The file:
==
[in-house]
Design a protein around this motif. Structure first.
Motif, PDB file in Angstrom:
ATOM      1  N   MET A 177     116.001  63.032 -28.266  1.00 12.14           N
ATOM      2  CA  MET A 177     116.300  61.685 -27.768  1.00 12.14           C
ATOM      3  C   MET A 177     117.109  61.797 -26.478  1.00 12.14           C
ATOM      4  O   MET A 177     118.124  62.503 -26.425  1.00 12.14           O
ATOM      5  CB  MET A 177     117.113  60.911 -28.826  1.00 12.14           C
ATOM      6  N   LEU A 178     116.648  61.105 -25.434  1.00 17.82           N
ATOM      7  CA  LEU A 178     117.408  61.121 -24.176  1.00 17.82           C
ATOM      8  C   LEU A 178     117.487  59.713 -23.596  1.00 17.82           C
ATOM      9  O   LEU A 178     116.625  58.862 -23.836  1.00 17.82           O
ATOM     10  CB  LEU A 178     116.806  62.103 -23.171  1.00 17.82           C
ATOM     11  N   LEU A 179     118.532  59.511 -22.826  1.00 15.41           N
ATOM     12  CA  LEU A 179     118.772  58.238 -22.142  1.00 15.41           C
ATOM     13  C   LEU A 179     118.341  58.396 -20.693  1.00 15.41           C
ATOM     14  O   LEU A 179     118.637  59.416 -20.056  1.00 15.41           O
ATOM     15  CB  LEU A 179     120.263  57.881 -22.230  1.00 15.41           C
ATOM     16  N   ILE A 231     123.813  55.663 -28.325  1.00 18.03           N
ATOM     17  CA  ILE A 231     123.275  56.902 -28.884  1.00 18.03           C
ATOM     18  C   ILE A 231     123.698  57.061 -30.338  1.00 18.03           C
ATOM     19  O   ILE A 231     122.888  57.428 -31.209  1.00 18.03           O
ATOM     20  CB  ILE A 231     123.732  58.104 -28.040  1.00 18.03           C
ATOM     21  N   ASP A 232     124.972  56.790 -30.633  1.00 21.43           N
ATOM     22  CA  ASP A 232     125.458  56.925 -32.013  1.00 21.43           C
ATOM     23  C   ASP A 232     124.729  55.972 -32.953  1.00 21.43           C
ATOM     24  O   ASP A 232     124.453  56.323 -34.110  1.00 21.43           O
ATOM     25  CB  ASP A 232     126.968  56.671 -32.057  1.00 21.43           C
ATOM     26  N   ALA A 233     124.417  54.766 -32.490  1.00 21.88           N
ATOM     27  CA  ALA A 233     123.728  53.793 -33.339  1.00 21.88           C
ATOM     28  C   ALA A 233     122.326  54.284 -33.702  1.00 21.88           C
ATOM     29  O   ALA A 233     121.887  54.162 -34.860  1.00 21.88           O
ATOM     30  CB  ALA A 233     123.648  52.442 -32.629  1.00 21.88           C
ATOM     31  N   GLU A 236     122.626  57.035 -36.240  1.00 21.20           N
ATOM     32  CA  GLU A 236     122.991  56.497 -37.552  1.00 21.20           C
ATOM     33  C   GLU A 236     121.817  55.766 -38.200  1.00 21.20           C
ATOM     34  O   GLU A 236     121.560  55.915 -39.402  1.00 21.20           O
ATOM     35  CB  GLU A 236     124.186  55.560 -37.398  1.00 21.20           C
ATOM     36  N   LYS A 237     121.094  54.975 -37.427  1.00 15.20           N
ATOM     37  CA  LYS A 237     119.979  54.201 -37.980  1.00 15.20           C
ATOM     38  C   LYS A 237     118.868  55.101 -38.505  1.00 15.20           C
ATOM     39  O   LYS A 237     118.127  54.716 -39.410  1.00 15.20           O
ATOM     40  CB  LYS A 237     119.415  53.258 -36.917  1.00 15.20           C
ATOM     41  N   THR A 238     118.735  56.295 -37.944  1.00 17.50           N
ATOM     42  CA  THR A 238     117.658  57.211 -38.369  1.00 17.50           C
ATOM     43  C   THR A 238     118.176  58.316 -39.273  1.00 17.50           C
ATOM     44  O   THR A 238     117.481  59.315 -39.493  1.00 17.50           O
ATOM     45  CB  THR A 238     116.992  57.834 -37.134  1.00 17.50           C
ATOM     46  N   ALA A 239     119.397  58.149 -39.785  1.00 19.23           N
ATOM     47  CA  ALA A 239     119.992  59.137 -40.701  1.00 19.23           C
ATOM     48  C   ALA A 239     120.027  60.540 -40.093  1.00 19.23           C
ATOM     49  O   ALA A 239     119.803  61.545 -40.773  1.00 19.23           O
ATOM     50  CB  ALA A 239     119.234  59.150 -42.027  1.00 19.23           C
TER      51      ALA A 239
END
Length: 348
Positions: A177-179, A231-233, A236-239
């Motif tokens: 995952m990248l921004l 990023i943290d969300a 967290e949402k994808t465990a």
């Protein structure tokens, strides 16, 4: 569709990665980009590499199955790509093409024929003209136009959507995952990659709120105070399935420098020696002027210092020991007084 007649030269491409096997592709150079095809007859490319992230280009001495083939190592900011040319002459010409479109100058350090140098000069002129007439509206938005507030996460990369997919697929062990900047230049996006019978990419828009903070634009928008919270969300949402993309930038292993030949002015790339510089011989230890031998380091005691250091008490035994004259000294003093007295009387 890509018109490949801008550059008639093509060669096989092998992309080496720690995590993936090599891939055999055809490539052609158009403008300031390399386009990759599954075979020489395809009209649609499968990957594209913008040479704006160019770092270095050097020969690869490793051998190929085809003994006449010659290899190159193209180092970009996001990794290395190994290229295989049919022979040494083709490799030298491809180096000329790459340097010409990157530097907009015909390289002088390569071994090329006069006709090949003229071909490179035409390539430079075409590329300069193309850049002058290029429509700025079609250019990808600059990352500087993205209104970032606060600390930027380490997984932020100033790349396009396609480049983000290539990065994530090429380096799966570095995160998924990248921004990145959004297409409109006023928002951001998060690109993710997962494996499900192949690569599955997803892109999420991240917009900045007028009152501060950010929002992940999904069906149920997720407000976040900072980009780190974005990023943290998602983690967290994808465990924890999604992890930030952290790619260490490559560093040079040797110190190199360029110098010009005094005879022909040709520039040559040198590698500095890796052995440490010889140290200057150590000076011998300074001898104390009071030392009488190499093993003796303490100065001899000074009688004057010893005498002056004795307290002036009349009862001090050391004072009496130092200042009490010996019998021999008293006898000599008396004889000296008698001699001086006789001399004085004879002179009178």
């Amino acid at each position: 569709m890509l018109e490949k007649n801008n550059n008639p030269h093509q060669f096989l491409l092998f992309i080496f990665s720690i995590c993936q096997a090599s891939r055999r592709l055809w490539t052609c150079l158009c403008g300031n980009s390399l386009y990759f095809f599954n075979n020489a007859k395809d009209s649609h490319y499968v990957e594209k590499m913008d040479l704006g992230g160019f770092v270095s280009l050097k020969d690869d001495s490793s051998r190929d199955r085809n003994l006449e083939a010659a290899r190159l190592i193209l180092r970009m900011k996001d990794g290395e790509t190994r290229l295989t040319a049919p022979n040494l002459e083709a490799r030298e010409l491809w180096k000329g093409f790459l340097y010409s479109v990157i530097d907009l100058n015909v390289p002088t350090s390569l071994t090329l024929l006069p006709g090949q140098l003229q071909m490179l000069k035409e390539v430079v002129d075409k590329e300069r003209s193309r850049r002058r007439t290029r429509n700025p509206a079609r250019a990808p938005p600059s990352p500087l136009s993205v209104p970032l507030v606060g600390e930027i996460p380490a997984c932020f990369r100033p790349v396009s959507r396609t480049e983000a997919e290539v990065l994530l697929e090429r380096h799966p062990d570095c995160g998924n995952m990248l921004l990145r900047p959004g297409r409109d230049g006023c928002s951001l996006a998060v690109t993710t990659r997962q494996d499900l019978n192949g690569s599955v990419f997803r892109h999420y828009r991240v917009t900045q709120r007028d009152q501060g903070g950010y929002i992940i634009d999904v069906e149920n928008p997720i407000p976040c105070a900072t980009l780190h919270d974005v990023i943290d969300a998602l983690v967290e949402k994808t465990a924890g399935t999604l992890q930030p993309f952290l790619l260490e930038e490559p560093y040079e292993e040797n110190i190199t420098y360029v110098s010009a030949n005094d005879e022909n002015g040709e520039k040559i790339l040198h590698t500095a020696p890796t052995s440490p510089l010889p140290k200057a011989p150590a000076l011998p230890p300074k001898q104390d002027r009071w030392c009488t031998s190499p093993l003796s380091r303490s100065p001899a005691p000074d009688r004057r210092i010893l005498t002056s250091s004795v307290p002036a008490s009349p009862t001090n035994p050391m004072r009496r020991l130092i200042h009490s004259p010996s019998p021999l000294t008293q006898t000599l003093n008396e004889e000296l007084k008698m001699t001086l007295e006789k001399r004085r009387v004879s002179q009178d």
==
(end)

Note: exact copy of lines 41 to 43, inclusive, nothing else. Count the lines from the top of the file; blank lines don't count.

ATOM     38  C   LYS A 237     118.868  55.101 -38.505  1.00 15.20           C
ATOM     39  O   LYS A 237     118.127  54.716 -39.410  1.00 15.20           O
ATOM     40  CB  LYS A 237     119.415  53.258 -36.917  1.00 15.20           C